How to Make Connections While Reading with Your Child
Interested in developing your child’s oral language skills?
How about his reading comprehension?
Or, even his metacognition (awareness of one’s knowledge)?
If the answer is yes to any of these questions, then you should start making connections to what your child reads to what is happening or has happened in his life.
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In the parent section of Learning to Read is a Ball I write about importance of making connections. When you make connections between your child’s life to what is read, you are giving him or her a greater chance to understand and learn. Your child can better relate to the events or characters when you connect them to his life. Making connections also helps your child to remember past events, tell stories, and learn and use novel vocabulary.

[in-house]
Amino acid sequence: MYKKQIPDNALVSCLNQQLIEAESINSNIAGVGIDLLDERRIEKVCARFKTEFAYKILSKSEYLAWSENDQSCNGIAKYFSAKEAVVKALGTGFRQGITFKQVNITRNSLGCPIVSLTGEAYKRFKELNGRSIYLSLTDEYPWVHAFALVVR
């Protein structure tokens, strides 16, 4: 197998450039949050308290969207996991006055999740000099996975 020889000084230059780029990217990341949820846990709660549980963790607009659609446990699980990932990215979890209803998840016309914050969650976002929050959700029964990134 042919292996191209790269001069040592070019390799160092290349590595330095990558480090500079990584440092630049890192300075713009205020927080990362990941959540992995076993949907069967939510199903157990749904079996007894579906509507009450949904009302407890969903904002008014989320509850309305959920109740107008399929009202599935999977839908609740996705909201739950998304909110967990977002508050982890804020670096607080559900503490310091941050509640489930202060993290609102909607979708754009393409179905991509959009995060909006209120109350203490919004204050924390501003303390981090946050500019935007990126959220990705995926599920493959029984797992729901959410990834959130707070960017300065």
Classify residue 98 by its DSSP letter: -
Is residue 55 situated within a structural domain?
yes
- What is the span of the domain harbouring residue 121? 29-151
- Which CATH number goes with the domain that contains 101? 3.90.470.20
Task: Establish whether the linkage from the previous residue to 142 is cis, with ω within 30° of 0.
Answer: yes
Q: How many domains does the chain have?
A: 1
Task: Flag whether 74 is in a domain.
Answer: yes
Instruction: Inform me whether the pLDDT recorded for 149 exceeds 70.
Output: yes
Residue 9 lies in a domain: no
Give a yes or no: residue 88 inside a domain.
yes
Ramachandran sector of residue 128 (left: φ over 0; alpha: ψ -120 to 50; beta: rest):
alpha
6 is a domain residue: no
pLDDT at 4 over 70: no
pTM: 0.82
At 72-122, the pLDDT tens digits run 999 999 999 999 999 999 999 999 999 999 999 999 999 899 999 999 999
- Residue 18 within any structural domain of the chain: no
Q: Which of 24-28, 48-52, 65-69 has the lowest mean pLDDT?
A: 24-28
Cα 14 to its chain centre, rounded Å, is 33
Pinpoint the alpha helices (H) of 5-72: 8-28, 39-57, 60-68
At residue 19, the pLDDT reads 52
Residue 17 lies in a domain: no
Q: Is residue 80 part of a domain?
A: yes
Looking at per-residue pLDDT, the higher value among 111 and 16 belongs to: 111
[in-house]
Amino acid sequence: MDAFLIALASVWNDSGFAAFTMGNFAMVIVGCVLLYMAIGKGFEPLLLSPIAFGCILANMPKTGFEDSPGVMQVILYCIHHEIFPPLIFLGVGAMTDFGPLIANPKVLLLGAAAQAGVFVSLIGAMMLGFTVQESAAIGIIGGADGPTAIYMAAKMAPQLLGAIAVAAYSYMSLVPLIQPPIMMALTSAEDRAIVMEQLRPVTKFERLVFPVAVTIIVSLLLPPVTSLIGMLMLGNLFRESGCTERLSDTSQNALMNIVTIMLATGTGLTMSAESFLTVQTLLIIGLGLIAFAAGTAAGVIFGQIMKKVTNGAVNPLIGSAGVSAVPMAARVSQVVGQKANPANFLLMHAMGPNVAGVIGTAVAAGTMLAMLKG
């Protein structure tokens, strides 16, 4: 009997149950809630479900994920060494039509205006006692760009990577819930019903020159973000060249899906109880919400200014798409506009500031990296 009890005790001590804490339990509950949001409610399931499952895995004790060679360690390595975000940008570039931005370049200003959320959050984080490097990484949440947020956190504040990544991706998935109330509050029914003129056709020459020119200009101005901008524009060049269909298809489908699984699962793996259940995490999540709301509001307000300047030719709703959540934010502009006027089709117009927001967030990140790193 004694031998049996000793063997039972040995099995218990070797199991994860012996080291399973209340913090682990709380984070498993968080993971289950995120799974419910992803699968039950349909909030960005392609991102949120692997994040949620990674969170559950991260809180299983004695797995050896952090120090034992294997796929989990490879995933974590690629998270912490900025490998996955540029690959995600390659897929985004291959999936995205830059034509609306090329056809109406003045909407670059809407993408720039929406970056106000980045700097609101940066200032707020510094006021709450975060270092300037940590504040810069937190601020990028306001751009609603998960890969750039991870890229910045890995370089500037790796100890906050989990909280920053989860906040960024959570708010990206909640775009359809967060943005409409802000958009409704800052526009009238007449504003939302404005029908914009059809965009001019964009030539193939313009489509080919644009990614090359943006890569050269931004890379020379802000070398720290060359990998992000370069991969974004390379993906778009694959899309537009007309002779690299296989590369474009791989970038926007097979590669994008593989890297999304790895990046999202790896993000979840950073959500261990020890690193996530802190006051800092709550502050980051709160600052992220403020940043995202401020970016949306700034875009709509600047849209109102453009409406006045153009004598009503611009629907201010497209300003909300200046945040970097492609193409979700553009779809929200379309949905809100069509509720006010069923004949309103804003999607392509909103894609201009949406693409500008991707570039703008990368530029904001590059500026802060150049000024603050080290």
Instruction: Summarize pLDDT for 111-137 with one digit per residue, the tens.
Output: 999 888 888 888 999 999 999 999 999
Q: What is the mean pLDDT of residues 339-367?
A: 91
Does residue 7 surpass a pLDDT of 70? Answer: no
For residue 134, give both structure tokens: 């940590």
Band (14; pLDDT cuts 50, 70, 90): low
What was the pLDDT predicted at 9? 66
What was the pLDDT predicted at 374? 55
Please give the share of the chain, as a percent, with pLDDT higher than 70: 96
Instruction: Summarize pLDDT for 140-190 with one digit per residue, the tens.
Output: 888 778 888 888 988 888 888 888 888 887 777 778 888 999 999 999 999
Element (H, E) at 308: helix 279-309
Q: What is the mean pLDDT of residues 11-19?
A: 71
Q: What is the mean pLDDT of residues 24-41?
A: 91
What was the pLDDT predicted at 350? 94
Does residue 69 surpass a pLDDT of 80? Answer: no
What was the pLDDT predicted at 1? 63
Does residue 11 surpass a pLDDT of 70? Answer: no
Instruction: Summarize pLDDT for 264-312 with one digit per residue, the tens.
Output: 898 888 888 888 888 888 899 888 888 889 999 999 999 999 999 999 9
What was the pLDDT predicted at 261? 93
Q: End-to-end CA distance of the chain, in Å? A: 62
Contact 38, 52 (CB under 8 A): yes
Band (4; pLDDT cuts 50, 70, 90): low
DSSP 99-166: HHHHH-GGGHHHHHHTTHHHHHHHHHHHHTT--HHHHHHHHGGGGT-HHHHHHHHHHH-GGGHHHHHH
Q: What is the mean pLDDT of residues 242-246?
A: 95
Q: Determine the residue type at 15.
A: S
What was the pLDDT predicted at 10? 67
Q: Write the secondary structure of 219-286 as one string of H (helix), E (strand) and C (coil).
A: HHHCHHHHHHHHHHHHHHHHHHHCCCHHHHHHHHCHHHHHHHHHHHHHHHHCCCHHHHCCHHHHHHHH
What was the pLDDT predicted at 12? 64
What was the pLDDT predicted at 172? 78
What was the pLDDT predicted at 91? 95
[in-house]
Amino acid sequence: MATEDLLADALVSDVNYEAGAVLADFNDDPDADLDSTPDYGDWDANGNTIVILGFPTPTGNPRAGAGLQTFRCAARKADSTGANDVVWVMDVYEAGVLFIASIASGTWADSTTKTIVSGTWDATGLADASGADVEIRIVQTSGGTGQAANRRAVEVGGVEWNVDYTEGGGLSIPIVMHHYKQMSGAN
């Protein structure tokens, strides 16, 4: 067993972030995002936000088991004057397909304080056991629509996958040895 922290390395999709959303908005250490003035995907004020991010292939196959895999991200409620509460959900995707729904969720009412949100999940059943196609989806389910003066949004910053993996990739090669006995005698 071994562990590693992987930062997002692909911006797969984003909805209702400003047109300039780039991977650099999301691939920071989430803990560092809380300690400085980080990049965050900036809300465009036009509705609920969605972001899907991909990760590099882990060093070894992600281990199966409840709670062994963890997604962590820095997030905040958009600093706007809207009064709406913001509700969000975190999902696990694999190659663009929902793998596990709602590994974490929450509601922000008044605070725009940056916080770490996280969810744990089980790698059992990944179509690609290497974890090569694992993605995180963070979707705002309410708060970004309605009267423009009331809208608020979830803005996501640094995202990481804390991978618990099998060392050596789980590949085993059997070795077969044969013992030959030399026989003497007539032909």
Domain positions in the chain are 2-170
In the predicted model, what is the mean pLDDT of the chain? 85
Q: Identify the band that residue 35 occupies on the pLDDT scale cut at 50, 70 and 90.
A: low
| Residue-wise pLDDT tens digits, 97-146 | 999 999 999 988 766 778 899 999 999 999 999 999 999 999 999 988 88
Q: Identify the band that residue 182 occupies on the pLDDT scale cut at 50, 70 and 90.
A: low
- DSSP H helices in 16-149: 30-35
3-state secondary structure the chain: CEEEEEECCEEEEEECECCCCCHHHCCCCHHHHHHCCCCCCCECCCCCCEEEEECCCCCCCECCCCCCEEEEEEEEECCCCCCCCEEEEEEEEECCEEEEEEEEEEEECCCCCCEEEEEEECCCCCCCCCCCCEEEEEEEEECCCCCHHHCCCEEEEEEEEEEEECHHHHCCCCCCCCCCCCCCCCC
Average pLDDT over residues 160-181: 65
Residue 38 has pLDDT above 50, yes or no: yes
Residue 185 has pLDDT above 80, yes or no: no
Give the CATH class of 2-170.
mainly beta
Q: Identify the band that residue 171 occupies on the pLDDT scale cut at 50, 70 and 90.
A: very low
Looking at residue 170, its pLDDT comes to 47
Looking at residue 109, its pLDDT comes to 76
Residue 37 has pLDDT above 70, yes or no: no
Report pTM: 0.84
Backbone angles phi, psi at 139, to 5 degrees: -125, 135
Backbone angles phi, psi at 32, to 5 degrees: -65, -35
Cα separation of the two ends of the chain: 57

In this video, I’ll demonstrate how to make connections while reading a few pages from an interactive picture book.
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Kimberly Scanlon, M.A. CCC-SLP is a speech language pathologist, an author and a mother. As the owner of Scanlon Speech Therapy, LLC, a unique boutique practice in Bergen County, Kimberly embraces individuality and treats the whole person. Her goal is to spread compassion, hope, and some speech, language and literacy tips one moment, one person at a time. Her first book, My Toddler Talks: Strategies and Activities to Promote Your Child’s Language Development and her second book, Learning to Read is a Ball are available for purchase online at Amazon and Barnes and Noble.